When and where were you happiest? Right now, taking this questionnaire. Probably going to be one of the other questions. Often it’s when I’m alone, it used to be when I was in the garden – now it’s really looking out the window and being in the state of now. Sometimes it’s being a Mudperson.
What is your most treasured possession? Probably since I have so many in bottles and shelves and this and that. It’s probably my kitties and not letting them out so the coyotes don’t get them.
Where is your ideal escape destination? It would probably be going back to the big island of Hawaii, which has its risks due to the volcanoes, which blew my mind constantly. [Whether you’re] looking up, looking down, in the water – or out – the sky, the air, the changes in environment, the riskiness of living out there with the volcano fuming and spewing. It’s amazing. It’s probably not Tahiti where Gauguin lived and painted. I don’t think that would do it.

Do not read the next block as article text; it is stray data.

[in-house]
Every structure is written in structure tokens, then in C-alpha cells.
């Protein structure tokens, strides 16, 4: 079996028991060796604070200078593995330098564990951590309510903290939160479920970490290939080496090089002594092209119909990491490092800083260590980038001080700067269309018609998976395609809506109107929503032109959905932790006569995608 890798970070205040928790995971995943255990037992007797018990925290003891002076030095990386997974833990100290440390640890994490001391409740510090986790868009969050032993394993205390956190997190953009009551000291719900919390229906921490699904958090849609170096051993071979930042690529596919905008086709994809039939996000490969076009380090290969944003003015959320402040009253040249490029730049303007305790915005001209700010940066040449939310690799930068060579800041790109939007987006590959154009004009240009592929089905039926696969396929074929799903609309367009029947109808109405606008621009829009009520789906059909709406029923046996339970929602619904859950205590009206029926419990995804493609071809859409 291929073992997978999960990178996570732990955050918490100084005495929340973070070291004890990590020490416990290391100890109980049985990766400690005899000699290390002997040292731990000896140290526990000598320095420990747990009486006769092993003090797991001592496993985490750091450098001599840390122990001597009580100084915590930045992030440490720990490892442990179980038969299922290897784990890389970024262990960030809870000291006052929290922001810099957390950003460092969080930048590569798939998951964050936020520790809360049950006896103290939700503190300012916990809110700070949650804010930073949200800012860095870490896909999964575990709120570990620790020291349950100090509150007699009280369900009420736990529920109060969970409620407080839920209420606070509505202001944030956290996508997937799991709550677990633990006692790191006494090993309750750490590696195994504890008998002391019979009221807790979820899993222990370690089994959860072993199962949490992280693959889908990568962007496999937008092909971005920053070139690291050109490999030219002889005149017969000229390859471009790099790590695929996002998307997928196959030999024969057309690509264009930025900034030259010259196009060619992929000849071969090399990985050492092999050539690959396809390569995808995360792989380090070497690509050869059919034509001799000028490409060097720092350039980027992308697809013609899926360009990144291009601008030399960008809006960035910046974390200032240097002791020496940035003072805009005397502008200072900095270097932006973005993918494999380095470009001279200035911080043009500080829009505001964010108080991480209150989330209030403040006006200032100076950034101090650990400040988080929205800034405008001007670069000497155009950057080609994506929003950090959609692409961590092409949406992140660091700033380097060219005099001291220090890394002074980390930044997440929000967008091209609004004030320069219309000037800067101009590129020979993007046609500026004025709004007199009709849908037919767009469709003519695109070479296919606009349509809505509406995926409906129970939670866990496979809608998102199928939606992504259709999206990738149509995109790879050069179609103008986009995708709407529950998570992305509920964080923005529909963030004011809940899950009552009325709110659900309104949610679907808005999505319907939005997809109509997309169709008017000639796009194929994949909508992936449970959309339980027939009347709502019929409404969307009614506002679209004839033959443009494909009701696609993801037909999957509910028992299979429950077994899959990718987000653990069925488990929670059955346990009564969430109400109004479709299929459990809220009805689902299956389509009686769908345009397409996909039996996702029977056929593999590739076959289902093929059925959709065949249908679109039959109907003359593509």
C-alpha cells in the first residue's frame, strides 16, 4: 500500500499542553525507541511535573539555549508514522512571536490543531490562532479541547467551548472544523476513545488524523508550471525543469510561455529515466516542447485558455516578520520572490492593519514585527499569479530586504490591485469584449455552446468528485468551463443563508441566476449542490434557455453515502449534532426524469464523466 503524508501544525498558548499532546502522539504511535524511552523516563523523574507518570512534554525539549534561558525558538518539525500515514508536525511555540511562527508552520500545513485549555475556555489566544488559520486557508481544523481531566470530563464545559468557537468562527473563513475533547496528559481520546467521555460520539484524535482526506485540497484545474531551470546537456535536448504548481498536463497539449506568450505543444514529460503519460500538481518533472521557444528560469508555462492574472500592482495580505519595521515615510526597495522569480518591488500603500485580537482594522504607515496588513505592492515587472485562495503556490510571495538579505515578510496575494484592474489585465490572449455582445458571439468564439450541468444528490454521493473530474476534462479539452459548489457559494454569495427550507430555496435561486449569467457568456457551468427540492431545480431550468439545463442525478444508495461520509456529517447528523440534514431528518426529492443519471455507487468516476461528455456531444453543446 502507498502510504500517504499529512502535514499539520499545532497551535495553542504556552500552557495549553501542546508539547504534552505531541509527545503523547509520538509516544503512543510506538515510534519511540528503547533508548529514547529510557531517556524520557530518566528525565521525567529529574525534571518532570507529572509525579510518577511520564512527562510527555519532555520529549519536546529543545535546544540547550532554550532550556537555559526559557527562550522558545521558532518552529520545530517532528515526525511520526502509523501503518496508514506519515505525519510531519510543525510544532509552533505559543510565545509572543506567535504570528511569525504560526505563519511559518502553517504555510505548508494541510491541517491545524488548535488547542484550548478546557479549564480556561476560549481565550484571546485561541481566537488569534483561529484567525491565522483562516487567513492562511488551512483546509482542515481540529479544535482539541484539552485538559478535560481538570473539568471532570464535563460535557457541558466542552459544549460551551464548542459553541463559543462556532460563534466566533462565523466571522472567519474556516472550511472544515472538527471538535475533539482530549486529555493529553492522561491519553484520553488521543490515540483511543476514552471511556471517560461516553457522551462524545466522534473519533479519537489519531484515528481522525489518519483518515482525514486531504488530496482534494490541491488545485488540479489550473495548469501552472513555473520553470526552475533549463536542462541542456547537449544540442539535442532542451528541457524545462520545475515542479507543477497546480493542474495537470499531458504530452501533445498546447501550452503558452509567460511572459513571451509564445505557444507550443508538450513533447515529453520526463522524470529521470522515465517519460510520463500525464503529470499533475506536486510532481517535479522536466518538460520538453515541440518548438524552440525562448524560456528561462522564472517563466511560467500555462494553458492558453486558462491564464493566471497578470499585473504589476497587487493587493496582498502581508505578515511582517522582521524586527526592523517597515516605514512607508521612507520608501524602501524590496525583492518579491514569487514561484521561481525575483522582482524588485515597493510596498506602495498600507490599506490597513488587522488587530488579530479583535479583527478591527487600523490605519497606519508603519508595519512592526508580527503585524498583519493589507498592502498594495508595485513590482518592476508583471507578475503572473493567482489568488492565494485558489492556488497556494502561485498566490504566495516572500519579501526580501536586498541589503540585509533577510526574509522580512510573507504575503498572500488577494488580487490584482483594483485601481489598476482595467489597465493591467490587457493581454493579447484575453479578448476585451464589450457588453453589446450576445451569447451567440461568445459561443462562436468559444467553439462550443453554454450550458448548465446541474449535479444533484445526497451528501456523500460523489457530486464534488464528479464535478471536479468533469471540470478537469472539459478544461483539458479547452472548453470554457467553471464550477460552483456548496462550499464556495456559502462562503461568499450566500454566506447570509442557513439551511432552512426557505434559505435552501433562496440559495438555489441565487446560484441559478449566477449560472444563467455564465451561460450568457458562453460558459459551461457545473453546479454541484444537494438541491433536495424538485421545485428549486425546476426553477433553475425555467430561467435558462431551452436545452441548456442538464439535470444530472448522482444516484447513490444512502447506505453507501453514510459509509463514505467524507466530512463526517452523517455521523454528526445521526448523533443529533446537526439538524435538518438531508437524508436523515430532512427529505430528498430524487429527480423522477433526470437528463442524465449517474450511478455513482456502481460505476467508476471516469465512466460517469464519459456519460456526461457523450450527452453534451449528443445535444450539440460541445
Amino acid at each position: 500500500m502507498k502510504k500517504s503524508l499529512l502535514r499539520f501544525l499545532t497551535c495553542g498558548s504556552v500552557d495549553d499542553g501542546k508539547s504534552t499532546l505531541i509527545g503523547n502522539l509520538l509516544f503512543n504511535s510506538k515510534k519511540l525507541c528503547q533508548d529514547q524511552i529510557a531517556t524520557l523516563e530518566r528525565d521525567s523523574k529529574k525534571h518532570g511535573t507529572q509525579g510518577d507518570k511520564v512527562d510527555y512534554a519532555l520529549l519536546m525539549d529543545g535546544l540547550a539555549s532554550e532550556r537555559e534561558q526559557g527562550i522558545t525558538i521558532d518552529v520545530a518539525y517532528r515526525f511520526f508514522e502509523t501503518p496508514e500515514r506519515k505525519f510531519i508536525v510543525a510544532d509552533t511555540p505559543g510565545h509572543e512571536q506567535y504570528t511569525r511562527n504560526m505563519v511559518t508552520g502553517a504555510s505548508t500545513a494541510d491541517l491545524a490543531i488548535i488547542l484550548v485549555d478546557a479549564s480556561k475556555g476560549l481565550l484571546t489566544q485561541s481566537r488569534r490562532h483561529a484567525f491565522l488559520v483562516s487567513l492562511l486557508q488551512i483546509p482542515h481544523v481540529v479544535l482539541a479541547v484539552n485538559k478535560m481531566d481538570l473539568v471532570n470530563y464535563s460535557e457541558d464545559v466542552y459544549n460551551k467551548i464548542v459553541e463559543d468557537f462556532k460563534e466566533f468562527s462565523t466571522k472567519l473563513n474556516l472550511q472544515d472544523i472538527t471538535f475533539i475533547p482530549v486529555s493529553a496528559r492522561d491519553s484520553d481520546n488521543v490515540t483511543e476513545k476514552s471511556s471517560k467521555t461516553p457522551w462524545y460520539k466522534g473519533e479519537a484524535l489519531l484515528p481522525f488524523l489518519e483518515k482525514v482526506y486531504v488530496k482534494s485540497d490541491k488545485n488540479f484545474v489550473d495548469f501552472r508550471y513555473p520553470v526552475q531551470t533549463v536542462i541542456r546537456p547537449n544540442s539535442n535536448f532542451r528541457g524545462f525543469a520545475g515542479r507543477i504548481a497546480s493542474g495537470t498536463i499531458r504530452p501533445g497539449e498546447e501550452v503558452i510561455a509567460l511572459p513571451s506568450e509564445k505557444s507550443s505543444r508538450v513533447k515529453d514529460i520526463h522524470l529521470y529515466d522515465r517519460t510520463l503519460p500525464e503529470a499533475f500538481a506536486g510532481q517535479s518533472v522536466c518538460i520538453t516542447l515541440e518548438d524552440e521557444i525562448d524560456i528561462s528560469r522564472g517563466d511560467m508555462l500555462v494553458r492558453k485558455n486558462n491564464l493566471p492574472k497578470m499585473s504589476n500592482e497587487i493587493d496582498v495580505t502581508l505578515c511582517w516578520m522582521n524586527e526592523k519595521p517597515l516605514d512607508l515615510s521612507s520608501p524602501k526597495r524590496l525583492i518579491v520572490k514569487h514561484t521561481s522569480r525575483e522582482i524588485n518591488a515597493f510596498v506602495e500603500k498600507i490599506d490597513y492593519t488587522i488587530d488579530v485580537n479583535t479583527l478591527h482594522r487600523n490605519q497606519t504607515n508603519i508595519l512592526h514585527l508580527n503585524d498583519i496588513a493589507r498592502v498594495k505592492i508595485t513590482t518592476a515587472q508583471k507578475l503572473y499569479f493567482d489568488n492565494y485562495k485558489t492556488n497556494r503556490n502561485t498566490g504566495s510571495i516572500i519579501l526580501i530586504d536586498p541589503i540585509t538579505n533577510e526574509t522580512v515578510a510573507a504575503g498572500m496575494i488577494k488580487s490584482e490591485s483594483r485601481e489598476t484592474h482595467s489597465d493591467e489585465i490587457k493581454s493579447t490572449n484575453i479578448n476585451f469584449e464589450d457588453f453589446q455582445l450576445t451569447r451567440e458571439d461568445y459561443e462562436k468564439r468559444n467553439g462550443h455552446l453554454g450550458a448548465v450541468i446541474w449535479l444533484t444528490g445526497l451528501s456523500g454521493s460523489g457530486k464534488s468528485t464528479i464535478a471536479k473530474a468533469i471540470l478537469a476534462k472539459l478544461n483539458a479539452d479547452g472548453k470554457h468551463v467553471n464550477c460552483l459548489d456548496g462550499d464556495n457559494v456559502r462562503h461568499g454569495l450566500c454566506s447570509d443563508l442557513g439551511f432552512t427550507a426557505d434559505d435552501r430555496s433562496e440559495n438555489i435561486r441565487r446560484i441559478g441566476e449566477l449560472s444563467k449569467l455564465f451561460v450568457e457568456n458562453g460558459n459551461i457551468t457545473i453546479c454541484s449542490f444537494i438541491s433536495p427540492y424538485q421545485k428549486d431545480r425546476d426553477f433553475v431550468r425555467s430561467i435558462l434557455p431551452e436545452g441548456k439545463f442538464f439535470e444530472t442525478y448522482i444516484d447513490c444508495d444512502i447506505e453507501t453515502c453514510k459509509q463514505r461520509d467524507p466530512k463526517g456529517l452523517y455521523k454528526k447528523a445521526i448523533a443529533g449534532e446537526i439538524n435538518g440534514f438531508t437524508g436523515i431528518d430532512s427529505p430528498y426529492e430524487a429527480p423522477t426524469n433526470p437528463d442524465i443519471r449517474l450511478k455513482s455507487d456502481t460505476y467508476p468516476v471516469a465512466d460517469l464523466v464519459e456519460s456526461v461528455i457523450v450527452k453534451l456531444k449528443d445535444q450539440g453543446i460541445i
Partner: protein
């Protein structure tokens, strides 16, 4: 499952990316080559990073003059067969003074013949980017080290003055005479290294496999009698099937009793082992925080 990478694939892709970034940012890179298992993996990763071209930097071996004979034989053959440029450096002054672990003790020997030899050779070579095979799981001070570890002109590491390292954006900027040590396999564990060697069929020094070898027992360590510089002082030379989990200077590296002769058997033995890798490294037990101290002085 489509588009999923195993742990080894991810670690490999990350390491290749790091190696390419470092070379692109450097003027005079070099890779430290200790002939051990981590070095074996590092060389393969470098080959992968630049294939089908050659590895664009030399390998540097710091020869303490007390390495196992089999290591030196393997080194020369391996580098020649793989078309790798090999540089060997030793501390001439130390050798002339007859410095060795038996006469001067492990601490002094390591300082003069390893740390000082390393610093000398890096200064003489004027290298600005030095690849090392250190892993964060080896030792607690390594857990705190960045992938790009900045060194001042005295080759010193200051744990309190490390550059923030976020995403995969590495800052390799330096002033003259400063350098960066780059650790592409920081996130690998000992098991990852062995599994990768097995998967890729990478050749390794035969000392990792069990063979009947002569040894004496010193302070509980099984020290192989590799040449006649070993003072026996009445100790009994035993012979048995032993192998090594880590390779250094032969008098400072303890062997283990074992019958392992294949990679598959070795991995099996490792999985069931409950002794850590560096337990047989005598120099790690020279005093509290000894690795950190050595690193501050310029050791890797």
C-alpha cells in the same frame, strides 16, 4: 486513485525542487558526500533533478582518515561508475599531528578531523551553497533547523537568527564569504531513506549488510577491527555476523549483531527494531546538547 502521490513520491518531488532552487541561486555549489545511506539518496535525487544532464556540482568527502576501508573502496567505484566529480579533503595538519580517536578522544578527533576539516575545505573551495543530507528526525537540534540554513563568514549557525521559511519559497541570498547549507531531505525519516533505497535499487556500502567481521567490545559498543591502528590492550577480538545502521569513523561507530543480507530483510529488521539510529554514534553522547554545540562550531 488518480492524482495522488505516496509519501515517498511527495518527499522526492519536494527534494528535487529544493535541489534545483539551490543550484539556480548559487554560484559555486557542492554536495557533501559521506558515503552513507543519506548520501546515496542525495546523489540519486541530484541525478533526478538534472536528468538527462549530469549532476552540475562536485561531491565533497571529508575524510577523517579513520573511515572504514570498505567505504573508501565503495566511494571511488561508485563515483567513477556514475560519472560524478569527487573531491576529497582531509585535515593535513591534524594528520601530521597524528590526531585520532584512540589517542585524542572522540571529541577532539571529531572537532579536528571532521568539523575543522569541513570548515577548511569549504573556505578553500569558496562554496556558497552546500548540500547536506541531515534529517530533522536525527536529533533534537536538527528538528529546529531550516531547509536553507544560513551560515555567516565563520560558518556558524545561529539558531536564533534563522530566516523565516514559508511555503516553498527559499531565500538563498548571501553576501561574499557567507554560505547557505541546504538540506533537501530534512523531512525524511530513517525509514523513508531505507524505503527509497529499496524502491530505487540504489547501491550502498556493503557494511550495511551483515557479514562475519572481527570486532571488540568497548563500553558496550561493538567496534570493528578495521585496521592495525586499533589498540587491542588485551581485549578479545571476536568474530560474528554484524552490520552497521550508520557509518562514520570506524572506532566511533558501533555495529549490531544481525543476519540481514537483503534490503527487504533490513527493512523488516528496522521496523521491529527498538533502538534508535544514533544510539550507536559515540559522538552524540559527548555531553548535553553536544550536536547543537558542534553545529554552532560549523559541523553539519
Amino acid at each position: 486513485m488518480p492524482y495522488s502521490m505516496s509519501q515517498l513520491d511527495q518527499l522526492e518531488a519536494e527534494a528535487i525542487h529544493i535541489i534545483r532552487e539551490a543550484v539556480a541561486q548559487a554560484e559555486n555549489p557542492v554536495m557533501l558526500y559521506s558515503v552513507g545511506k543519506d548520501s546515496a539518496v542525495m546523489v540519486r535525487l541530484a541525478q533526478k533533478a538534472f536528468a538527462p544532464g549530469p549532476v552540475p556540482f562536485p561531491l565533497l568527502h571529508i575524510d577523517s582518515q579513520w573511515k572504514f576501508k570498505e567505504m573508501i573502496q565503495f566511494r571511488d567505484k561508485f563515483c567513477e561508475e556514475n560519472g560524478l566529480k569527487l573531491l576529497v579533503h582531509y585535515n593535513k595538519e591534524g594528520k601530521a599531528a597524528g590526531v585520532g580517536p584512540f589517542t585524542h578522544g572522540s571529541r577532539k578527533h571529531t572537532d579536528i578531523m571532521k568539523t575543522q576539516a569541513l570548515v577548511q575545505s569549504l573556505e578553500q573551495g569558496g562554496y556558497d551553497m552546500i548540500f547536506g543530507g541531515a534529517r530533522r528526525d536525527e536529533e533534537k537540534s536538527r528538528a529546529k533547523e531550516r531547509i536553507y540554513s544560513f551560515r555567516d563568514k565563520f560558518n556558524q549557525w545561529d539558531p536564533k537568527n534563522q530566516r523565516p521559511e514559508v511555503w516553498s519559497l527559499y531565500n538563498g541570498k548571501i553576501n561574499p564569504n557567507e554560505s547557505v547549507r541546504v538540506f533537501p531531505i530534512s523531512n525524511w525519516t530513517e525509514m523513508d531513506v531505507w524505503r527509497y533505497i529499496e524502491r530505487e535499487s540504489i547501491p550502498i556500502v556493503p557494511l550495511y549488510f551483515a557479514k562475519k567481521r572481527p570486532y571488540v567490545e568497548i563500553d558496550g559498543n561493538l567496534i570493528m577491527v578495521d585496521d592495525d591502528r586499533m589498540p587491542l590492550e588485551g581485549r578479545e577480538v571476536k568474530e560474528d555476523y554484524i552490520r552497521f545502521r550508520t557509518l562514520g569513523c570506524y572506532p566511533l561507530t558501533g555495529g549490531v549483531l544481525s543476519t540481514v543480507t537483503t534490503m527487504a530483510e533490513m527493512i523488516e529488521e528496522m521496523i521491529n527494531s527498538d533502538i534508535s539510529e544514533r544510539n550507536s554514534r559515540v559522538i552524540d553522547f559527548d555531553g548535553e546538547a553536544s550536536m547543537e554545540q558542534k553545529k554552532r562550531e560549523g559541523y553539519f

What’s the worst survival job you’ve ever had? I’ve had plenty of survival jobs. I worked in a paint factory and the fumes were pretty nasty. There was one guy who stood over the degreaser – he probably started dingy and he continued being dingy. That was probably not quite the worst, but it was the most dangerous because of the fumes. That was the nastiest in an environmental sense – the commercial paint shop. They wanted me to be a foreman because I got along with the workers, but since then it was being in the art moving business. I was moving $100K sculptures to Ace Gallery and they were tipping over. That was kind of freaky; that was high anxiety.
What TV series from your youth best describes your approach to life? None. I did not watch TV as a youth. As a kid I did. I watched cartoons and test patterns.
If you could change one thing about yourself, what would it be? Probably my anxieties, my not being in the here and now. I’m not a one-thing kind of guy. Here’s another one of those questions – the multiple choice, oh, jeez. I wish I was a little more goal-oriented then I would be a more successful guy. As an artist I would have given myself more direction and more motivation. That would have helped me more than anything, but that’s not me. I’m not trainable.